Gastritis


(Ulrike) #1

Hi there,

I began Keto in October 2018 after I have done it for several months 3 years ago. During that time I enjoyed it and had no trouble at all!

Now I have got stomach ache in December after about 2 months of Keto and developed a slight gastritis.
The cause is still unknown but one thesis is that it could come from a high increase in fat in my diet. I love fat and was already accustomed to higher amounts.

My question is: has somebody experienced stomach problems after increasing the fat intake?

Thank you so much! Glad about this forum! :slight_smile:


(Full Metal KETO AF) #2

My girlfriend gets reflux from coconut oil when her stomach is mostly empty. Are you eating something at the same time other than fatty stuff to buffer it? Like salad or steamed veggies maybe? That might help. I hope you find the solution soon.


(Carl Keller) #3

I don’t think it’s the fat that is causing the problem. There could be a number of reasons for the stomach problems including dehydration, artificial sweeteners and exogenous ketones (MCT/Coconut oi). All of that can be fixed by drinking plenty of water and avoiding the latter two. Also, eating things that improve your gut biome can help your stomach be more tolerant. Things like fermented food, some vegetables and bone broth can be very helpful and some people take probiotics (for which I have no personal experience).

Last night I ate some honey baked ham and my stomach took notice. I wasn’t miserable but I could definitely tell abnormal things were going on in my stomach and I certainly won’t be eating any more honey baked ham soon. I’m not sure if it was artificially sweetened or naturally, but it was definitely a reaction to some type of sweetener.


(Ana Barbara Alzua) #4

I get gastritis with coconut oil in large quantity (bulletproof coffe) but not with black coffee, so i know its the coconut oil.


(Ulrike) #5

Thank you! Yes, I ate alot of coconut oil. I reduced it now. Is it better to avoid it completely and why when I may ask.


(Ulrike) #6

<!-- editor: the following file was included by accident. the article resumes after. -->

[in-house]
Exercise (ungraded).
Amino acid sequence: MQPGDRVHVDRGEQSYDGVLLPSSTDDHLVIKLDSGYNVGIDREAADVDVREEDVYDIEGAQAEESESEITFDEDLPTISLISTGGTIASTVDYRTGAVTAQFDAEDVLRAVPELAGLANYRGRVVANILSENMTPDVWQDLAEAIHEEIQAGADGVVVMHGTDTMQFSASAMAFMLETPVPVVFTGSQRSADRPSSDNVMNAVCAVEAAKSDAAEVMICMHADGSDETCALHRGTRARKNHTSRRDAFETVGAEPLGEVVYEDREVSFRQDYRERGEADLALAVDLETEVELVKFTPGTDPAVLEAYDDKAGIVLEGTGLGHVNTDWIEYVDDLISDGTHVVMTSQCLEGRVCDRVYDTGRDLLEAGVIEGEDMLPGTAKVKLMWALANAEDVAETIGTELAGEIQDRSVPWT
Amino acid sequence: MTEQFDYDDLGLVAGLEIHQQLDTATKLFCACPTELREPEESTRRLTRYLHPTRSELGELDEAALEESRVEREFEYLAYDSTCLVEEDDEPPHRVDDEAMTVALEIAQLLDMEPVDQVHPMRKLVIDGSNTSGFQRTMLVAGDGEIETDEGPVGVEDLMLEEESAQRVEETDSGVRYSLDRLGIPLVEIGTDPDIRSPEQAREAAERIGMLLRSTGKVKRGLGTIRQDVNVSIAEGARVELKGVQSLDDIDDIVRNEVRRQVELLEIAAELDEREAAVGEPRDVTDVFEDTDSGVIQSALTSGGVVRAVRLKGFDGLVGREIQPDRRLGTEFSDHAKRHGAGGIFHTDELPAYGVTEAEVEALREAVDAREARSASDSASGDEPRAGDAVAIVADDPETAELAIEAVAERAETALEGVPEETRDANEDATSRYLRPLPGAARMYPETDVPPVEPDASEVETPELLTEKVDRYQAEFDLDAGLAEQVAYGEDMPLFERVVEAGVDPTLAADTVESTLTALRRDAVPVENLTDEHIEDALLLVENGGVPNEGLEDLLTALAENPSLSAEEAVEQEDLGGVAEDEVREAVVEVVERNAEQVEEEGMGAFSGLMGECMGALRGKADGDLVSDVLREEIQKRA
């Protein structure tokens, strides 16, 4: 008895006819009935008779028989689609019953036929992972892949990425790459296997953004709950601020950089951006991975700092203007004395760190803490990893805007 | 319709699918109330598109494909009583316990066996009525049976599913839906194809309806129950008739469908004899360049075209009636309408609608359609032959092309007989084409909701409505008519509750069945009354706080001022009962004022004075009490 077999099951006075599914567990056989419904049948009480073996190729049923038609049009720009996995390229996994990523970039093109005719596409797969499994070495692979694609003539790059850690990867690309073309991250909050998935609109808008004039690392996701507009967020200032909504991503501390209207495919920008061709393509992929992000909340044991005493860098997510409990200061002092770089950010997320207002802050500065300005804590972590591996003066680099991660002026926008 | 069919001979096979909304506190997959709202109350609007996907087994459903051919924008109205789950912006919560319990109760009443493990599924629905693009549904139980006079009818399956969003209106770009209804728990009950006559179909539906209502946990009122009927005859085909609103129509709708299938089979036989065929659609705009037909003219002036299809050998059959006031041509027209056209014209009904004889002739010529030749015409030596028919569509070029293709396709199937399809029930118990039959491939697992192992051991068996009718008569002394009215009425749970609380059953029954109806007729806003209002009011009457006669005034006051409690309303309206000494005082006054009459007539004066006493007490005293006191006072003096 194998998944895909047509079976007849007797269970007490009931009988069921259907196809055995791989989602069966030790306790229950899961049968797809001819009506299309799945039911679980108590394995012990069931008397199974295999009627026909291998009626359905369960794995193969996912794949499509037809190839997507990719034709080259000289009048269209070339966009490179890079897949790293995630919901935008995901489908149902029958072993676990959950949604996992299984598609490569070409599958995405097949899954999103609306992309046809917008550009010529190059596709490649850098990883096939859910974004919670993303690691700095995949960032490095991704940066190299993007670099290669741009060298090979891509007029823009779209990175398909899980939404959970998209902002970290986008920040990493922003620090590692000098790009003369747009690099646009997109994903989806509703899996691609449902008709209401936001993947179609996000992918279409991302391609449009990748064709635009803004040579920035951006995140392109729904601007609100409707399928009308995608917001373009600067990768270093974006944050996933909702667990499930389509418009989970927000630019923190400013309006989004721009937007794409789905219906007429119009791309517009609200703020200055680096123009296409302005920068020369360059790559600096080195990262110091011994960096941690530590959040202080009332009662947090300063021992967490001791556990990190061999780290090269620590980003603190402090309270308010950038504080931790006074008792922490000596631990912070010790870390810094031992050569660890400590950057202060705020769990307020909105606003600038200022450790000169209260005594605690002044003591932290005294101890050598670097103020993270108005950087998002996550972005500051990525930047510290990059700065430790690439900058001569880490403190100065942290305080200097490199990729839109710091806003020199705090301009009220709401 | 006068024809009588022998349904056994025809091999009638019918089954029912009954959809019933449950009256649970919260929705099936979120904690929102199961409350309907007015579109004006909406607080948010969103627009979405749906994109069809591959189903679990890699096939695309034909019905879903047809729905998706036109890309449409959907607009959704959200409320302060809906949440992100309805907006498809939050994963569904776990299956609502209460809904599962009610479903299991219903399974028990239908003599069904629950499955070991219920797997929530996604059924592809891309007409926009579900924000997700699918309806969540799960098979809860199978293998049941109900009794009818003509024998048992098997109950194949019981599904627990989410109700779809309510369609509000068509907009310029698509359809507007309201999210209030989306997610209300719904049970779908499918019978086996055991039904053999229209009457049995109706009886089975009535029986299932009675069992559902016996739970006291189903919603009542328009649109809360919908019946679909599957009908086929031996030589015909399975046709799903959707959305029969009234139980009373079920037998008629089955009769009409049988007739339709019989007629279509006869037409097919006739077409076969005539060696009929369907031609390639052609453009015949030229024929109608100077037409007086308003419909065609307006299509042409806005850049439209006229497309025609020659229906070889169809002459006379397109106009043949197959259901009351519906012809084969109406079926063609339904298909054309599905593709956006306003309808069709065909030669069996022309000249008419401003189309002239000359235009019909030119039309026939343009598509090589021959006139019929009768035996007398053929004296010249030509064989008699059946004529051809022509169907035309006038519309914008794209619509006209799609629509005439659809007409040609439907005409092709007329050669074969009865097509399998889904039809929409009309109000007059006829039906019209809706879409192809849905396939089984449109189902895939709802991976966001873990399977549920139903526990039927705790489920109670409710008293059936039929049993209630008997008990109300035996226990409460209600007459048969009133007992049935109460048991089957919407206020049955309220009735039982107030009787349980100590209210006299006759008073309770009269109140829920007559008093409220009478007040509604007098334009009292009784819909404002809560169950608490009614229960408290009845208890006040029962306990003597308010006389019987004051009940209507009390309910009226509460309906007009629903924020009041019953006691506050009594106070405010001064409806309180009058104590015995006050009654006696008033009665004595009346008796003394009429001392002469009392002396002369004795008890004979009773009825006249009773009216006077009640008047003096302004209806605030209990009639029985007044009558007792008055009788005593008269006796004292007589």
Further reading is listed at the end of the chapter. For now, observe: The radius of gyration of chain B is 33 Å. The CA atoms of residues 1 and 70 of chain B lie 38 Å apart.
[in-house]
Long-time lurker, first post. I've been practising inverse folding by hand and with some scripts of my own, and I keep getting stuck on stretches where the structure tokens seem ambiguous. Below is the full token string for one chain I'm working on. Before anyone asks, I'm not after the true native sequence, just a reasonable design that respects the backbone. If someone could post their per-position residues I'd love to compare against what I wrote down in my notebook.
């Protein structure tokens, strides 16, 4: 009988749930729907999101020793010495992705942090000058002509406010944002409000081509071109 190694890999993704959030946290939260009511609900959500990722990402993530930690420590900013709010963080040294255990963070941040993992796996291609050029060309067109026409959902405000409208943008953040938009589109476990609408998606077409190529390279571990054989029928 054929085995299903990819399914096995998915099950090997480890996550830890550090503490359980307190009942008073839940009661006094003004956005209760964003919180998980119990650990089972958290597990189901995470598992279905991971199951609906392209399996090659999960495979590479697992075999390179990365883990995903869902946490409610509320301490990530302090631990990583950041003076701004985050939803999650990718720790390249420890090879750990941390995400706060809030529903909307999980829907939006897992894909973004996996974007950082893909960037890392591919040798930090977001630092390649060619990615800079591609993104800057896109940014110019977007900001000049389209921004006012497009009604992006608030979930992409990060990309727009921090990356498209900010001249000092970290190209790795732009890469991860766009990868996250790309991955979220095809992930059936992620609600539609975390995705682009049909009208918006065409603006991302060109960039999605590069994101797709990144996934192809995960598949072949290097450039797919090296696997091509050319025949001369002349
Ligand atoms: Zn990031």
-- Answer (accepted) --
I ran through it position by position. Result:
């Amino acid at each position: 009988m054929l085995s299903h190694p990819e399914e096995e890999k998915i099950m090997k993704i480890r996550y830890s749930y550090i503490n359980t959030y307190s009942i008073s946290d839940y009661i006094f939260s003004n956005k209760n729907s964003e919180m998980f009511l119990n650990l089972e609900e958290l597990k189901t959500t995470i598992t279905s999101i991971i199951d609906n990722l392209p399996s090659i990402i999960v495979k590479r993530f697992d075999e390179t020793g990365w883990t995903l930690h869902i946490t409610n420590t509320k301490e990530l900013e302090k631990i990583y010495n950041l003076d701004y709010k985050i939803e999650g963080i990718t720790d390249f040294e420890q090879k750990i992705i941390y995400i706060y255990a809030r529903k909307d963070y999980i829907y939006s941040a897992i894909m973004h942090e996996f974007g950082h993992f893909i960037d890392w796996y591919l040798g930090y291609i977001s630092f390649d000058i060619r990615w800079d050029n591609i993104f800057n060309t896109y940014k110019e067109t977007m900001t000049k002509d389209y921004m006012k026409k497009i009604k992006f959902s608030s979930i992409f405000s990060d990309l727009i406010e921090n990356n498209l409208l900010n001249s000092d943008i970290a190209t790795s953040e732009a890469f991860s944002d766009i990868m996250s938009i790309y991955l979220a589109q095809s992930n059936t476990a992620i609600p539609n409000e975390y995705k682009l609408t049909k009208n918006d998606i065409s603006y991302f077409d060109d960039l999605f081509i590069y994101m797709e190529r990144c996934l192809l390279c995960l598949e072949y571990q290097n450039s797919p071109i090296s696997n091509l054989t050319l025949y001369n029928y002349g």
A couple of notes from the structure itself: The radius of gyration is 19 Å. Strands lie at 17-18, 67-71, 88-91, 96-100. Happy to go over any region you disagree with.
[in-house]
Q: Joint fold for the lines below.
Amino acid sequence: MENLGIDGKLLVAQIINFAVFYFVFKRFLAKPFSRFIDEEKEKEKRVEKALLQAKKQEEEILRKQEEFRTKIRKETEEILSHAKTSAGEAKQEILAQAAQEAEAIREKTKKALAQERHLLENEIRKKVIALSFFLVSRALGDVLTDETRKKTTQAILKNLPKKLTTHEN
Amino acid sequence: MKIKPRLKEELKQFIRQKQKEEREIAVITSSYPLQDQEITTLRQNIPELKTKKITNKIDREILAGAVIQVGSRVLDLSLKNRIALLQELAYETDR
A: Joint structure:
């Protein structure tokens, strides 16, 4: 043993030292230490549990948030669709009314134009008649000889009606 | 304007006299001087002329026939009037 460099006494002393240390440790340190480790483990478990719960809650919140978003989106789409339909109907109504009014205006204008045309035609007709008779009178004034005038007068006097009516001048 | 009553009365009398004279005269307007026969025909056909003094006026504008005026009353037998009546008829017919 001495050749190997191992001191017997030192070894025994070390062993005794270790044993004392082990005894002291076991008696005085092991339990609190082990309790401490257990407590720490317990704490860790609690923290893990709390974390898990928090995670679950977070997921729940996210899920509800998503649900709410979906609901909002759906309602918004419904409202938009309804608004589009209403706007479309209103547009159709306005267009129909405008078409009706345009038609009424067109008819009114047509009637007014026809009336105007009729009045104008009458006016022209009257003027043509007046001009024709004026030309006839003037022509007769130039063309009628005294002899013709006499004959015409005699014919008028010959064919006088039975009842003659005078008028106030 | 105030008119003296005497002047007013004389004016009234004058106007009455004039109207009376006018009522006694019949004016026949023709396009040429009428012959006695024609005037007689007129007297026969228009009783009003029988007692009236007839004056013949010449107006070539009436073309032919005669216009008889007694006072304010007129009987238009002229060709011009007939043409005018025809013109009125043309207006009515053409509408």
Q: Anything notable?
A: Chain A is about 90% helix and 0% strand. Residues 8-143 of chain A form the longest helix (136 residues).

Thank you! Yes, I ate a lot of coconut oil. I reduced it now. Is it better to avoid it completely and why is it it bad for the stomach when I may ask.


(Carl Keller) #7

@Ulrike It’s a difficult question to answer. People react differently and only your trial and error can answer that question. You can try eating more fermented foods and adding some bone broth to your diet to help. You may just need to cut down on the CO to see improvement.


(Ulrike) #8

Thank you!:grinning:


(Ulrike) #9

What do you take to fry food?


(Ulrike) #10

Thank you! The coconut oil seems to be the culprit!:wink:


(Ana Barbara Alzua) #11

Avocado oil!


(Ulrike) #12

Better than olive oil?


#13

Olive oil is best used cold … For salads. I use butter to cook with


(Ulrike) #14

Thank you!


(Ana Barbara Alzua) #15

Way better, olive oil burns and loses it’s benefits when heated.


(squirrel-kissing paper tamer) #16

I use saved bacon grease and butter to fry with.


#17

Duck fat, avocado oil.


(Empress of the Unexpected) #18

Coconut oil for frying seems to work, Just eating it - not so much, It does not rise to the level of nausea but I am not comfortable after eating even a half teaspoon of cconut oil.


(Omar) #19

me too

my body does not handle coconut oil for some reason


(May the blessing of bacon be always with you) #20

I’m a fan of butter, tallow, and bacon grease, myself. Avoid the seed oils (they call them “vegetable” oils, but that’s just a marketing ploy), because they are all high in polyunsaturated fatty acids and will likely trouble your gut, if coconut oil is a problem for you. The best fats are saturated and monounsaturated, so the animal fats are really the ones to go with.

If you are sensitive to coconut oil, then also stay away from medium-chain triglycerides (MCT’s, for short). They often give people digestive trouble, and they are a major component of coconut oil.